“You did a great job, Captain Cushing,” he says, “but two of those three people you pulled out didn’t make it.”
“No!” I cry. “They’re all alive!”
“I’m sorry, Cushing.”
Suddenly I awoke in a drenching sweat, my heart racing. My wife, Rosemary, was awake too, staring at me. “Honey, what’s wrong?” she asked. “You were shouting.”
“Nothing,” I mumbled, focusing my eyes. The clock read 4:30 A.M. “Just a bad dream.” I fell back on my pillow. I had to get some rest. The following day was Christmas Eve, and I was scheduled for duty.
I was assigned to a single firehouse that quartered Engine 91, a hose company. In Chicago, firemen work three successive 24-hour shifts, living at the firehouse during that time. I’d have under my command three firefighters and an engineer to monitor the equipment. I was a little nervous. Because of all the holiday leaves, my company had some unseasoned men. I hoped nothing major developed.
By the time I arrived at work the next morning, I’d completely forgotten about the dream. In fact, I was happy to find out that my relief engineer had just been promoted, so he must not have been quite as unseasoned as I had feared. Still, I was apprehensive. The holidays are a busy time for firefighters. People get careless during all the excitement. God, I prayed, watch over our city on this wonderful night.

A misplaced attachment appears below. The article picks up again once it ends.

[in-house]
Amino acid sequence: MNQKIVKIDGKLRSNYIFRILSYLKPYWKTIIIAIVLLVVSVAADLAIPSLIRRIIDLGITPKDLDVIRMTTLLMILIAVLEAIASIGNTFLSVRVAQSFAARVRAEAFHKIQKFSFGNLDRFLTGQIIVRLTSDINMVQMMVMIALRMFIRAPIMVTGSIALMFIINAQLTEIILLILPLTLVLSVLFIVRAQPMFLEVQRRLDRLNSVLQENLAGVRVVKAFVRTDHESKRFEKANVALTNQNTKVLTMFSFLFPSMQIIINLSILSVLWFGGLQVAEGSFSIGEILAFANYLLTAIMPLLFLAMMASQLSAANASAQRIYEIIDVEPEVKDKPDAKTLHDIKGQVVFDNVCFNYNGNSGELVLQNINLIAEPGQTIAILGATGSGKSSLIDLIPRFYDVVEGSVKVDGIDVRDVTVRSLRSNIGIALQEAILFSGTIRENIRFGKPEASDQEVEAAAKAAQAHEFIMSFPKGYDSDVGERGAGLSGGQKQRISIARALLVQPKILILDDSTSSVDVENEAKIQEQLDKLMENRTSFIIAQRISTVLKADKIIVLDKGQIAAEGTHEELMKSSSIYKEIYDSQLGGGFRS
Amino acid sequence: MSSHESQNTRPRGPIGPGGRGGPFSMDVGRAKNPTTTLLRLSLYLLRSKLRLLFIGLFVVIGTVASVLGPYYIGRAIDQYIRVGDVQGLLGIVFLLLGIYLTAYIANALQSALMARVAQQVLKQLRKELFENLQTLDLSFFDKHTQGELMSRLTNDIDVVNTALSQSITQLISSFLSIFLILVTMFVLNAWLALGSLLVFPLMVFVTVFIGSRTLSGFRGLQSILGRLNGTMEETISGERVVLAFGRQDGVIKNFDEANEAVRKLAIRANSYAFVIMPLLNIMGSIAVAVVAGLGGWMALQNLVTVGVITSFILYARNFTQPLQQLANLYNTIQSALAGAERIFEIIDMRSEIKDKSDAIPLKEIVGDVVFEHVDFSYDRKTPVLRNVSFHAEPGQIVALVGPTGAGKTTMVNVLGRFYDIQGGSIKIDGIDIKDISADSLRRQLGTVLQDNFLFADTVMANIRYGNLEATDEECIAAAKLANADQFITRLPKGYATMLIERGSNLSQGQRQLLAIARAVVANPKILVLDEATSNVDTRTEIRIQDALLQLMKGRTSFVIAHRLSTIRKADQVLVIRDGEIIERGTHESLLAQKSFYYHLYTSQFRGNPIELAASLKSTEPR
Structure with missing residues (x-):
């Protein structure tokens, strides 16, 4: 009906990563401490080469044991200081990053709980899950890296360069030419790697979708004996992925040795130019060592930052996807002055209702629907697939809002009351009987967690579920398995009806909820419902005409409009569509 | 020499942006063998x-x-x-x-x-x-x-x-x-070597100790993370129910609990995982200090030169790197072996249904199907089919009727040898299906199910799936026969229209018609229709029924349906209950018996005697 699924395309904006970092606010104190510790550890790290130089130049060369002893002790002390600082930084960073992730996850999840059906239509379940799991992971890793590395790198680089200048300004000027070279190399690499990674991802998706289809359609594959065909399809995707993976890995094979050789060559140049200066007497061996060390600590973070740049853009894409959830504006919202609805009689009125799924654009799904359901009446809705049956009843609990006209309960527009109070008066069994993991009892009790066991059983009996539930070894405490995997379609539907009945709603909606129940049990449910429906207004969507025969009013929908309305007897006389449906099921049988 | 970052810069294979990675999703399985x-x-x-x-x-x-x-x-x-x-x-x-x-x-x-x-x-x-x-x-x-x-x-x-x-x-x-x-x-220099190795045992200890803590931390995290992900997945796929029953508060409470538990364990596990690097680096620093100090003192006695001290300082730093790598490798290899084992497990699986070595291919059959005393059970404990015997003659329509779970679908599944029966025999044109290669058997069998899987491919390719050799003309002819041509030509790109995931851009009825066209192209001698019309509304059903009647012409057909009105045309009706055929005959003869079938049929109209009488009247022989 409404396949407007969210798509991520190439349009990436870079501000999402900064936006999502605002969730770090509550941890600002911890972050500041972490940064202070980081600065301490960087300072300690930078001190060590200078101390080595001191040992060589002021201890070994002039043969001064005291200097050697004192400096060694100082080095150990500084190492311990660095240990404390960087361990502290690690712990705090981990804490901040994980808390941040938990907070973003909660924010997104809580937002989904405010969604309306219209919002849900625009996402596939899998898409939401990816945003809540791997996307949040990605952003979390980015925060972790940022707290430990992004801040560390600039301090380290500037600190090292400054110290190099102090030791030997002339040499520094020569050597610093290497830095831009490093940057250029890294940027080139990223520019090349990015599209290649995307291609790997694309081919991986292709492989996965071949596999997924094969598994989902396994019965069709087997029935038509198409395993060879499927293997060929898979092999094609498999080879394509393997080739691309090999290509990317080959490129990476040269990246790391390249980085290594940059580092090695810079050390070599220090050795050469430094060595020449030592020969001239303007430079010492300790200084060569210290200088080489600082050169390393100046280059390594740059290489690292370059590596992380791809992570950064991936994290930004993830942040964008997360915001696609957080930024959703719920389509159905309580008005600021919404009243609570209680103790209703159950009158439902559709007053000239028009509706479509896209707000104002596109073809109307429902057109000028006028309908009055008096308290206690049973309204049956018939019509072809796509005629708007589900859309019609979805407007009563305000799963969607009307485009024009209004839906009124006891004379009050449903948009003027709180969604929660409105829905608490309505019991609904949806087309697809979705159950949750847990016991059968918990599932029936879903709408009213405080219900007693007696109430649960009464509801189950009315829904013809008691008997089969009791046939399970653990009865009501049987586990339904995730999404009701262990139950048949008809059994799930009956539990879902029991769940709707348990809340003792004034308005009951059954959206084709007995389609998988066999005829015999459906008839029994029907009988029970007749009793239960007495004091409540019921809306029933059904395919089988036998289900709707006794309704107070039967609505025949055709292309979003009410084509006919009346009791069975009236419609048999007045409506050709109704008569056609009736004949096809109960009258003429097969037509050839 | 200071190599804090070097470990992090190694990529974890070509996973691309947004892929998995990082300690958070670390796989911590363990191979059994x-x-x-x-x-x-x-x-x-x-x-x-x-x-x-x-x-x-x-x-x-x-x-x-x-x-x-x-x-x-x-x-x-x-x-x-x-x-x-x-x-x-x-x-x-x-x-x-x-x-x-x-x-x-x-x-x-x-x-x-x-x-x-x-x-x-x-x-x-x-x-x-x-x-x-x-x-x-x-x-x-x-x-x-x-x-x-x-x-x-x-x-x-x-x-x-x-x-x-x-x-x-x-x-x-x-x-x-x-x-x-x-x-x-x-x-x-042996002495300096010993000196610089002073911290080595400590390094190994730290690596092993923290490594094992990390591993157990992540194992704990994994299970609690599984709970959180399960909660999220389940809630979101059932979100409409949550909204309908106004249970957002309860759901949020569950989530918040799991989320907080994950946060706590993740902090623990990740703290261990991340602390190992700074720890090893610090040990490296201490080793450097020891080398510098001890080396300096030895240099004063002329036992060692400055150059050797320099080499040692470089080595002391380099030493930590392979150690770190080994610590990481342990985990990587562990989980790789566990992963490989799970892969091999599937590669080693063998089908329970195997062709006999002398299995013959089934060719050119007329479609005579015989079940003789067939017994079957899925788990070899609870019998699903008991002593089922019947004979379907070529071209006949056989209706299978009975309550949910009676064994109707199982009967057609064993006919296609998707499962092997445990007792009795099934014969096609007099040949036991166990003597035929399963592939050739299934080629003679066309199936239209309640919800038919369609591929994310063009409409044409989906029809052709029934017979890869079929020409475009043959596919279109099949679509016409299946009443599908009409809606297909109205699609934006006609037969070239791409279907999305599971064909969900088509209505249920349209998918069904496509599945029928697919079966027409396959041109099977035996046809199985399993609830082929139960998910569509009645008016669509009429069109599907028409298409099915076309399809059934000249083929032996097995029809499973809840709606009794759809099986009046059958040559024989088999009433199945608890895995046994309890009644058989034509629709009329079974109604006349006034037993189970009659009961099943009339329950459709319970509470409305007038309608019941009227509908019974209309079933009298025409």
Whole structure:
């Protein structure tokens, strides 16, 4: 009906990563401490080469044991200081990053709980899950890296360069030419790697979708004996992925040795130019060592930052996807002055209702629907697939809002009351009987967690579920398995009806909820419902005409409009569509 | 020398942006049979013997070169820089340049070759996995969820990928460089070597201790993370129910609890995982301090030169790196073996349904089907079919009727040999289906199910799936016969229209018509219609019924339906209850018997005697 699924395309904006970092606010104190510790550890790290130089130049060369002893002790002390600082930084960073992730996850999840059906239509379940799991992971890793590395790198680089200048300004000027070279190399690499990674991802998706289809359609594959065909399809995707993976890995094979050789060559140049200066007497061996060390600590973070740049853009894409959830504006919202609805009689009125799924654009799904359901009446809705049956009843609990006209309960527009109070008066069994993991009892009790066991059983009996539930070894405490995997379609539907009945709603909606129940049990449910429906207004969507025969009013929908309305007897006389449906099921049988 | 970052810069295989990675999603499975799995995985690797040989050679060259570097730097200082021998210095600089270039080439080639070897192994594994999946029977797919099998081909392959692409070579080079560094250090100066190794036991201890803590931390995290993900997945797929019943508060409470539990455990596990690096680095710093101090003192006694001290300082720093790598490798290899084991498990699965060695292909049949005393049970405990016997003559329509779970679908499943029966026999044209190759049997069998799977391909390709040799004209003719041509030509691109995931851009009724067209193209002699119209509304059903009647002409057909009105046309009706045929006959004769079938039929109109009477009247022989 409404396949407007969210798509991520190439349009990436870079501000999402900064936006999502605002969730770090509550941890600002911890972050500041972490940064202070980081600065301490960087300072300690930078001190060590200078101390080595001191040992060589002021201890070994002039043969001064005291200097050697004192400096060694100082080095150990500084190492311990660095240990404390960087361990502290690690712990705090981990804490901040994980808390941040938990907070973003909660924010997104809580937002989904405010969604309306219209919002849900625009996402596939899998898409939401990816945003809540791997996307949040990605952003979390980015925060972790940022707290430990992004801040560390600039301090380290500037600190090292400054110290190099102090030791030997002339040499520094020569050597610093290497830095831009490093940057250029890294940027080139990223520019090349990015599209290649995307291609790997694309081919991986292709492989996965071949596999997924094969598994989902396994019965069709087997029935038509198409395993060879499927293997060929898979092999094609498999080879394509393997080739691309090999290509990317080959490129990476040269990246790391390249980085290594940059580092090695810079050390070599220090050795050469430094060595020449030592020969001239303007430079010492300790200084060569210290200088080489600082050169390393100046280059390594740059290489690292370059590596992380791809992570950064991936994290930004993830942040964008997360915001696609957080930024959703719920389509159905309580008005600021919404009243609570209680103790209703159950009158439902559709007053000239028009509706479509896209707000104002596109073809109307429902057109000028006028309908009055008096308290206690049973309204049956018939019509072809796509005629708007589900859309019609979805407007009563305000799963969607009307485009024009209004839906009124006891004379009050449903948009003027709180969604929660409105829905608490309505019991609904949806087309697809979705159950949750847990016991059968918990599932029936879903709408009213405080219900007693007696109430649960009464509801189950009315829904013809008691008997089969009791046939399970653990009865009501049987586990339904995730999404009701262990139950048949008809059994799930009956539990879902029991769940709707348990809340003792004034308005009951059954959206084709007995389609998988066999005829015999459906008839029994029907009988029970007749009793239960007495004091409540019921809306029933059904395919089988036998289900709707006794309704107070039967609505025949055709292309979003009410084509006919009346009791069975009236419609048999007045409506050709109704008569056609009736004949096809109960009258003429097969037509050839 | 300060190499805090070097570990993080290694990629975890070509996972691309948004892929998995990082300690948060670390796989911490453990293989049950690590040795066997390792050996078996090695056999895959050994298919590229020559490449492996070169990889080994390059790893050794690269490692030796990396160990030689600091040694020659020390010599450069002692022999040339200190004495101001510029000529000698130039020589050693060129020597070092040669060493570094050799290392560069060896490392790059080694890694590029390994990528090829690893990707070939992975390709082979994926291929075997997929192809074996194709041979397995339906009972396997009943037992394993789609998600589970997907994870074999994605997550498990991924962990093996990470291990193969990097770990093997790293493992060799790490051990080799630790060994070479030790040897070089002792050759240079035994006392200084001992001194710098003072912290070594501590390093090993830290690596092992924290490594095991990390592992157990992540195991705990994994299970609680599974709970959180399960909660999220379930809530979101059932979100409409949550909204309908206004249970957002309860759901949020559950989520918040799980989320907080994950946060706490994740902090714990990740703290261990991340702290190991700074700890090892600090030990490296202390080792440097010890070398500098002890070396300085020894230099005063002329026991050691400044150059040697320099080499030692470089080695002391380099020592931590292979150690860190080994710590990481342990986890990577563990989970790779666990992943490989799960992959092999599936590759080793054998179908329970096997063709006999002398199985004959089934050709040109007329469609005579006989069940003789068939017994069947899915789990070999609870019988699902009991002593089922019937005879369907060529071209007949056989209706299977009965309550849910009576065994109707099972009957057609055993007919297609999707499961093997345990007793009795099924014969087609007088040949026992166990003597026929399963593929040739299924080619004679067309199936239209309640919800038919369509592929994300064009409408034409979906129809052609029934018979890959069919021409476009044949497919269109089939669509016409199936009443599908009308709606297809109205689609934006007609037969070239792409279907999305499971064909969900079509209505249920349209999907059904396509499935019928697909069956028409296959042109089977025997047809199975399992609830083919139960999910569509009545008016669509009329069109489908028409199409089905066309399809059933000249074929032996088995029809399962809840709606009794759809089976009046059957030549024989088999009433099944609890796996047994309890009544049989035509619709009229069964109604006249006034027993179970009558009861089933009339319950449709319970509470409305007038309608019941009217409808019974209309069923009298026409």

The shift passed uneventfully. Then, one minute before Christmas Day, an alarm came in. We manned the engine and roared out of the garage, our siren piercing the night. The blaze was only a half-mile from the firehouse, on North Drake Avenue. We were a block away when I spotted smoke. The fire was raging through an old frame house. I called in a second alarm for more equipment and a chief.